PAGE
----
Authorities have given the go-ahead for the resumption of outdoor sports, as well as the reopening of malls and retail outlets, from Tuesday as the COVID-19 situation in the capital is brought under control.
|Hanoi residents cycling in the Ho Tay (West Lake) area. — VNA/VNS Photo Tuan Duc|
In an official dispatch dated Monday, the municipal People’s Committee announced that outdoor sports activities of no more than 10 people will now be permitted, along with shopping malls, clothing and cosmetics stores being allowed to reopen.
However, restaurants and other food and drink establishments can still only offer take-away services, while continuing to adhere to the 5K principle and other preventive measures set by both the Ministry of Health and the city.
The municipal People’s Committee has called on people to remain vigilant. Communication surrounding COVID-19 prevention and control must also be improved.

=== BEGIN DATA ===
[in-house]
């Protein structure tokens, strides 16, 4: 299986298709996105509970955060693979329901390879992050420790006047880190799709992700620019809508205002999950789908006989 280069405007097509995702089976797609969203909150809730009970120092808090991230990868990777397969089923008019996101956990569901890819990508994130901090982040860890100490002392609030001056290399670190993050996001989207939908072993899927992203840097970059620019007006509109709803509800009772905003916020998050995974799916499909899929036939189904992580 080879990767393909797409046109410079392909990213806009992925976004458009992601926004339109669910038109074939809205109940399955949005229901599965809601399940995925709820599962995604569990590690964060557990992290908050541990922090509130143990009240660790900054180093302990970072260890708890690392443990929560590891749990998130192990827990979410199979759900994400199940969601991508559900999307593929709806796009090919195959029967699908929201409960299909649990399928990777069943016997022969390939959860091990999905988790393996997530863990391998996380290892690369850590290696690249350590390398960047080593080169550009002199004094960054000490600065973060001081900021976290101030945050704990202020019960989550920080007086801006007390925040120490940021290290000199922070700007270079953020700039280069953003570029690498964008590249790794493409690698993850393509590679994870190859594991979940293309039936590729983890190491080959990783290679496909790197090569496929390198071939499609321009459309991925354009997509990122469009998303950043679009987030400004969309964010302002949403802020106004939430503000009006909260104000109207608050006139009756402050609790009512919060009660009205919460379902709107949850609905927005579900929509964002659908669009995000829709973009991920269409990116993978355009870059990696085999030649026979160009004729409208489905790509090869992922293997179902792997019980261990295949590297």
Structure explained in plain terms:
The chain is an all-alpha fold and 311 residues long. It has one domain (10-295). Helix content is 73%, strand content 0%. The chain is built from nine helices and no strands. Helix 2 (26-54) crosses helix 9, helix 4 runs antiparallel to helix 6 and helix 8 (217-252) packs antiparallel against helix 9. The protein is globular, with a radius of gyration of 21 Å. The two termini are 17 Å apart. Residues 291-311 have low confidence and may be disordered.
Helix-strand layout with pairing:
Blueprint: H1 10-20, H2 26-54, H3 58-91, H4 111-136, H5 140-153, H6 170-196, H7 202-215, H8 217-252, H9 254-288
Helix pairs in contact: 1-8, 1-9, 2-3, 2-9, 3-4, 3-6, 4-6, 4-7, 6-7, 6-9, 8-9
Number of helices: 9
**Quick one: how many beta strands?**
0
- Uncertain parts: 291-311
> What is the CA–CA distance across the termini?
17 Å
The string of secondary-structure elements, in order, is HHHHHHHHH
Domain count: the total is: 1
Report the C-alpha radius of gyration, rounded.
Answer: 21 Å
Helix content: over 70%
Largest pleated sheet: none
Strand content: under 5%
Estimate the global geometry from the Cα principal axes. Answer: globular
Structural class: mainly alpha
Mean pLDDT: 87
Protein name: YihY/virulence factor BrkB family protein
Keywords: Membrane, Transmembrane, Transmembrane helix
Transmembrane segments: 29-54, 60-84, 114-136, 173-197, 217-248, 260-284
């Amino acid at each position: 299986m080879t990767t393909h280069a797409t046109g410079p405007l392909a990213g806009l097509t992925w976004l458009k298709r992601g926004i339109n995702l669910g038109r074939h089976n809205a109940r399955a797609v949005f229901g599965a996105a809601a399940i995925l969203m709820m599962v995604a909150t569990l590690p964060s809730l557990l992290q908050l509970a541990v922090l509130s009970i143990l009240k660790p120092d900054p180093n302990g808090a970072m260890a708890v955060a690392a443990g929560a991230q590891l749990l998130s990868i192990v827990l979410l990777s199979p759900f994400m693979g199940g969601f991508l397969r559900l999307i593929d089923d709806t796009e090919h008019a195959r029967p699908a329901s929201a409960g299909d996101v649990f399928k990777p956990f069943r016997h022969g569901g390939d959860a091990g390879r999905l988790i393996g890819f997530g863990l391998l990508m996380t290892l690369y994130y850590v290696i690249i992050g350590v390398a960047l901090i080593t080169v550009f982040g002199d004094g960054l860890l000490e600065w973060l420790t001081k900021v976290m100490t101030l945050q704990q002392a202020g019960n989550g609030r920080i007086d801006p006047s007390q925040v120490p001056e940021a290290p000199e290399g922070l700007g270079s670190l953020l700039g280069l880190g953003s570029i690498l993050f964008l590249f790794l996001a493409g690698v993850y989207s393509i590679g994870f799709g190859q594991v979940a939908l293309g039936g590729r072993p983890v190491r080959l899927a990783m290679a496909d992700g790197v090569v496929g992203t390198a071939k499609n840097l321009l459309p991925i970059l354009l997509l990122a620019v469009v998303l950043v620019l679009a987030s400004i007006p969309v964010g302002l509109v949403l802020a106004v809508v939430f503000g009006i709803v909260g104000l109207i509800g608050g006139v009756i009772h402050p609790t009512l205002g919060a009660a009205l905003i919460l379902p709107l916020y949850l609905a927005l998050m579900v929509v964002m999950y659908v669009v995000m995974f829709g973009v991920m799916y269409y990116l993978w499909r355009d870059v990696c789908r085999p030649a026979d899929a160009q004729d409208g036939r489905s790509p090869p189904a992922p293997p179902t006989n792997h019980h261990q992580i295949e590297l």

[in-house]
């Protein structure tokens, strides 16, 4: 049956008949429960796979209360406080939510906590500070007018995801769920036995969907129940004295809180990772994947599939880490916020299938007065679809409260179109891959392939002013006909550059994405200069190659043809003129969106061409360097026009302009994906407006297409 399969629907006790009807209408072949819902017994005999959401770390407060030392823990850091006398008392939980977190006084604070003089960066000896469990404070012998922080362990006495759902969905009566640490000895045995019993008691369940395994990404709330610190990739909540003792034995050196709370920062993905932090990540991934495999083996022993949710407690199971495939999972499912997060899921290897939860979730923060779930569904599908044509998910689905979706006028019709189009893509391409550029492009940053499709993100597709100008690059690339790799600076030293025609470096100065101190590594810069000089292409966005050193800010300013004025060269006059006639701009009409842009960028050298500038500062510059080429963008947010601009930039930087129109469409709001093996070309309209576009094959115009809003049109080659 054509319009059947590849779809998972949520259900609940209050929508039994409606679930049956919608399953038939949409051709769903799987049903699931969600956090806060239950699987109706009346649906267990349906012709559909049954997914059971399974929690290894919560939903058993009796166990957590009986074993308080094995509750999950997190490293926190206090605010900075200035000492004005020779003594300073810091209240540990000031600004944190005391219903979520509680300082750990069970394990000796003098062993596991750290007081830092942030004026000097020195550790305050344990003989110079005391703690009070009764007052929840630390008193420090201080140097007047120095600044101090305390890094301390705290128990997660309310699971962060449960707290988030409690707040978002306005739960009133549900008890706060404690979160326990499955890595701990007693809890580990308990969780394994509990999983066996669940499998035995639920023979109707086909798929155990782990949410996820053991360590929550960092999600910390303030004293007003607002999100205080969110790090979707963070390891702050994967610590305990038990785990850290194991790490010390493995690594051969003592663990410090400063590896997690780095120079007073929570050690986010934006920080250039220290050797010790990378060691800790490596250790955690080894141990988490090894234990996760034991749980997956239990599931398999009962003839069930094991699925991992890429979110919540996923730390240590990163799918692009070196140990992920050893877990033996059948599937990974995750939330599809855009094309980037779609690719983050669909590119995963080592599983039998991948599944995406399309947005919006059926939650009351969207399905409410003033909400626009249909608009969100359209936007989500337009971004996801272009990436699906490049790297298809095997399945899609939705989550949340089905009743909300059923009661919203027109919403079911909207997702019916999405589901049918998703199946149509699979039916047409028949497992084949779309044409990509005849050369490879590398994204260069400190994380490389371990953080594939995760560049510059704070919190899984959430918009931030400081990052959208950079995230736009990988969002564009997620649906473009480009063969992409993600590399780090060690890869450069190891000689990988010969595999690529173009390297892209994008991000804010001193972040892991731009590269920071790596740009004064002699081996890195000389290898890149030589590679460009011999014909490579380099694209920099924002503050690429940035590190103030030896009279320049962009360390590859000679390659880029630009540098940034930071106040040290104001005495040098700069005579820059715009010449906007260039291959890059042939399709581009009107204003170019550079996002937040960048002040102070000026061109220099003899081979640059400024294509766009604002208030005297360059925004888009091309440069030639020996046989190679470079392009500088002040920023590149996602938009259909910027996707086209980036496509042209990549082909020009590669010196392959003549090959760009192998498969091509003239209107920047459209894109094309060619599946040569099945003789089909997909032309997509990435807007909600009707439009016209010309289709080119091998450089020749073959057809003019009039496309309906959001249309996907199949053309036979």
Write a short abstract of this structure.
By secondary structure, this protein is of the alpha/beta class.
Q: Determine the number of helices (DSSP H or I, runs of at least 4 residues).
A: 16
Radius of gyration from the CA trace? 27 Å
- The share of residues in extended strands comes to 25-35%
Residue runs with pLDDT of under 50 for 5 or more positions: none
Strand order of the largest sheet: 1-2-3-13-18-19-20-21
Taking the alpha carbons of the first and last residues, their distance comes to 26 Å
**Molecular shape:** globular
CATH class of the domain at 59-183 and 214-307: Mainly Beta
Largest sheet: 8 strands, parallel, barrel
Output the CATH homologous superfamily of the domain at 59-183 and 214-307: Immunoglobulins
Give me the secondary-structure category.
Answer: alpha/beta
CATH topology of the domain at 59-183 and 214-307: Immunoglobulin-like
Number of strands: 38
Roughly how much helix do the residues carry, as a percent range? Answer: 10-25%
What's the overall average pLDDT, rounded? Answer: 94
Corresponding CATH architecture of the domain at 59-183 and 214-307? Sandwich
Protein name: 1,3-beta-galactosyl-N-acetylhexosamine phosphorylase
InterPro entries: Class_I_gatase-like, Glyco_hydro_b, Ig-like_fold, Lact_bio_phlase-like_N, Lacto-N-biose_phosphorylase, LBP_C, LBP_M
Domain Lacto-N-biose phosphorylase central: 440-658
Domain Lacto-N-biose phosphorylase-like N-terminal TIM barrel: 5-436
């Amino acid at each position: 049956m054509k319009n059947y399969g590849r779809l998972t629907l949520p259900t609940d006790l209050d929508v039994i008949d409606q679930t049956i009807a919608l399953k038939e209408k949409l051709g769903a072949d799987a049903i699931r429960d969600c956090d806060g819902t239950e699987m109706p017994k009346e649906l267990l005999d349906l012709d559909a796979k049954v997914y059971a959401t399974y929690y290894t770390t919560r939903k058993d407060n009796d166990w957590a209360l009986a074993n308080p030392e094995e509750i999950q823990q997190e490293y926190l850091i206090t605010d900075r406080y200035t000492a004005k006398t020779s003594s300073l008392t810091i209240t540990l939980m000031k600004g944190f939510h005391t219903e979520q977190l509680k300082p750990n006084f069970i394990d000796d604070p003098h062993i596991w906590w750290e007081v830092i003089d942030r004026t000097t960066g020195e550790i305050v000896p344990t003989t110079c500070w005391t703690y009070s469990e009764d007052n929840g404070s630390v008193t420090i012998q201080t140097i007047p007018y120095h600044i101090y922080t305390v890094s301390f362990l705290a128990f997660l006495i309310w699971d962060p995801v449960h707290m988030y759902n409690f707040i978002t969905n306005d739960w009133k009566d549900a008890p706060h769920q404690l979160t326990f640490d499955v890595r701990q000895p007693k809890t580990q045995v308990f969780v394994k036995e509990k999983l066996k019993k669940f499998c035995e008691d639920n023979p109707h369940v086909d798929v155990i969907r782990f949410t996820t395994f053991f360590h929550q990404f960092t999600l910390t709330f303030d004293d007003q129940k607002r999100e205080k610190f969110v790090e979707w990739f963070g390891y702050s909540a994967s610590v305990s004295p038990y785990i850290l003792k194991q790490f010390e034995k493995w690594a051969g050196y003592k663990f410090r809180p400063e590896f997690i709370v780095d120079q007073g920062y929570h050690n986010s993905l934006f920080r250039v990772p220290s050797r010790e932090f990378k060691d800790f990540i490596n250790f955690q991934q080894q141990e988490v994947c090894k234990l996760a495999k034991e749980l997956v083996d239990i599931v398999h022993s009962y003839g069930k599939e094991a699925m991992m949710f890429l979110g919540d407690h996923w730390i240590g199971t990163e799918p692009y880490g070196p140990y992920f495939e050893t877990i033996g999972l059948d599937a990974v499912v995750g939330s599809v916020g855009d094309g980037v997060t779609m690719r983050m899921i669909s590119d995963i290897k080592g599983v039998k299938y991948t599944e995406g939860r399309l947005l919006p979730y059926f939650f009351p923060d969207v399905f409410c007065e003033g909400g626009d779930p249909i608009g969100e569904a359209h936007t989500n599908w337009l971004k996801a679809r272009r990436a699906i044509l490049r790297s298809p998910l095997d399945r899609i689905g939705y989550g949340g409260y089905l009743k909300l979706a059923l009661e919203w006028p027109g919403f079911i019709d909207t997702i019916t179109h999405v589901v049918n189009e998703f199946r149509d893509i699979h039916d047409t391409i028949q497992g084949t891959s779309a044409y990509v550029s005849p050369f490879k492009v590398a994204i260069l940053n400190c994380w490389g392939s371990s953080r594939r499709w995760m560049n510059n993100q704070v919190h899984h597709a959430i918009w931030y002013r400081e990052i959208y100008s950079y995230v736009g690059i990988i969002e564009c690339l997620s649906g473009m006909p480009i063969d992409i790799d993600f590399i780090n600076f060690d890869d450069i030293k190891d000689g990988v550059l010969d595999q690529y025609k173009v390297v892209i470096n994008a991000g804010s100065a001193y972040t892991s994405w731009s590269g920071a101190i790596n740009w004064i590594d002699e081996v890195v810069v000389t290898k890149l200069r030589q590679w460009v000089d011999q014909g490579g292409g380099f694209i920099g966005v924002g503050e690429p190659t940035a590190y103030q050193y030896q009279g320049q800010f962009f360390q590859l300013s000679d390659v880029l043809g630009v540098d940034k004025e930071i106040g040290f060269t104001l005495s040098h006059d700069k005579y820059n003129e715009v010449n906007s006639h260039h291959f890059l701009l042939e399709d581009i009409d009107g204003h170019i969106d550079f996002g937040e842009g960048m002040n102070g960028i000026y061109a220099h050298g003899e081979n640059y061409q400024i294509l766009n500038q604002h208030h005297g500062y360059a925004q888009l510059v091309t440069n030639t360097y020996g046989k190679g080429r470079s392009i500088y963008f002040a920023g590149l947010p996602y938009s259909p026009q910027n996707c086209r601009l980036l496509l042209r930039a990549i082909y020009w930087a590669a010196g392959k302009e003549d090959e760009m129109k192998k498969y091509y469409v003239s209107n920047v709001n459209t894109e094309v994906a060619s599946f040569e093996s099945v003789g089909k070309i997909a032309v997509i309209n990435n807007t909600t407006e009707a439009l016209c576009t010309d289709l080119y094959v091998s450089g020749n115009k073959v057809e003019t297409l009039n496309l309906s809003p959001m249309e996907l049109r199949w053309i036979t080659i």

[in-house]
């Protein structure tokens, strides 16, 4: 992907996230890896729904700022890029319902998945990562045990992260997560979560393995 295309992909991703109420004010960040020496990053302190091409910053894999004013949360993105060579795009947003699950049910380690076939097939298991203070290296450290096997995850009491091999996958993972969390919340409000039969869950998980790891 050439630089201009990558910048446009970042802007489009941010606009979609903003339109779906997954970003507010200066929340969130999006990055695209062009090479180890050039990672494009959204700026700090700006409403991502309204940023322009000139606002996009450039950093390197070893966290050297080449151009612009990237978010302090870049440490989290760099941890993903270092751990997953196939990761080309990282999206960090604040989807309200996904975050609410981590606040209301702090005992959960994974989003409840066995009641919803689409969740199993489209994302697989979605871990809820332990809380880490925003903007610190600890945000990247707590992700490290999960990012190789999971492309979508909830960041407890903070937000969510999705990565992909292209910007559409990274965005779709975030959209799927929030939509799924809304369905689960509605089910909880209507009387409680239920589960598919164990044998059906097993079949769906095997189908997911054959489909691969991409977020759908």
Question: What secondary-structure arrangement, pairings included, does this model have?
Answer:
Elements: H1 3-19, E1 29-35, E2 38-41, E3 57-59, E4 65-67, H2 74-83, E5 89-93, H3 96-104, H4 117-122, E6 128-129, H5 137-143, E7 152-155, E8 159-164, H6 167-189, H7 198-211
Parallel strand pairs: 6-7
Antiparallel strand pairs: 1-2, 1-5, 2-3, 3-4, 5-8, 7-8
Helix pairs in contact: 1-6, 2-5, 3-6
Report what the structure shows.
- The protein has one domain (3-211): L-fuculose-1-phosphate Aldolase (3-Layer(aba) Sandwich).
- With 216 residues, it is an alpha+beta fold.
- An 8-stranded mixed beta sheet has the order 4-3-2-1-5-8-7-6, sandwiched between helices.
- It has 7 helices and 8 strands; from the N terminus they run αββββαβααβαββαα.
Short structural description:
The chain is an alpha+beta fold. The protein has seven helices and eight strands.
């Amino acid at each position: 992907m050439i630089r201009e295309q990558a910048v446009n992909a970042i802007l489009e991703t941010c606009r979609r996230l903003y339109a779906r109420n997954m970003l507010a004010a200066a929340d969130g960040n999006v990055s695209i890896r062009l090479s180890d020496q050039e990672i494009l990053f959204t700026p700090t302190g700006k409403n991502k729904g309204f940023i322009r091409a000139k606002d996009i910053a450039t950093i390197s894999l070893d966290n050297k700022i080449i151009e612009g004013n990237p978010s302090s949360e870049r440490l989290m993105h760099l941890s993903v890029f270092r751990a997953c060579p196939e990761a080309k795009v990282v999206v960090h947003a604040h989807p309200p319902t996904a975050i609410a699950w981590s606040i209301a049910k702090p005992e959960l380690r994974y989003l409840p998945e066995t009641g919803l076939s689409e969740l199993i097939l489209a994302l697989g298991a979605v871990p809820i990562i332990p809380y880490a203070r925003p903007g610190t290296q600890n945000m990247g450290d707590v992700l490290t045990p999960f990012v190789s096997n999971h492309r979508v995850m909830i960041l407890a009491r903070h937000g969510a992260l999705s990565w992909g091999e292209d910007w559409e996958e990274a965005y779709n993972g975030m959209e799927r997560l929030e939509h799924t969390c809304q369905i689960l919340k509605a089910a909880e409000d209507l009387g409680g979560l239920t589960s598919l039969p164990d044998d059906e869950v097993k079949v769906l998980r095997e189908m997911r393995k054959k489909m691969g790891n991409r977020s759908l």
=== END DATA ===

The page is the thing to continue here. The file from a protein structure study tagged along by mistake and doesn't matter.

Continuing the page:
The city's Department of Health is still responsible for coordinating with relevant agencies in conducting health screening, particularly testing in sealed-off and high-risk areas, and vaccination across the city.
Hanoi departments, sectors and agencies have been asked to devise plans to meet possible future COVID-19 developments.
Hanoi has not recorded any community COVID-19 infections in the past four days, after nearly 4,000 cases since late April (excluding cases in the clusters found in health ministry-managed hospitals based in Hanoi).
6.8 million doses of vaccine have been administered in Hanoi, with about 96.15 per cent of all residents aged 18 and above receiving at least one dose. More than one million people in the city are fully vaccinated.
Source: Vietnam News
The enterprises in yellow and green zones of Hanoi have been asked to continue anti-pandemic measures during the production process. The ‘three on the site’ model (work, eat, stay) is being used in high-risk zones.
With control loosening, businesses in green zones in Hanoi will be able to restart their production and business activities. But they fear that control may tighten again if the outbreak gets worse.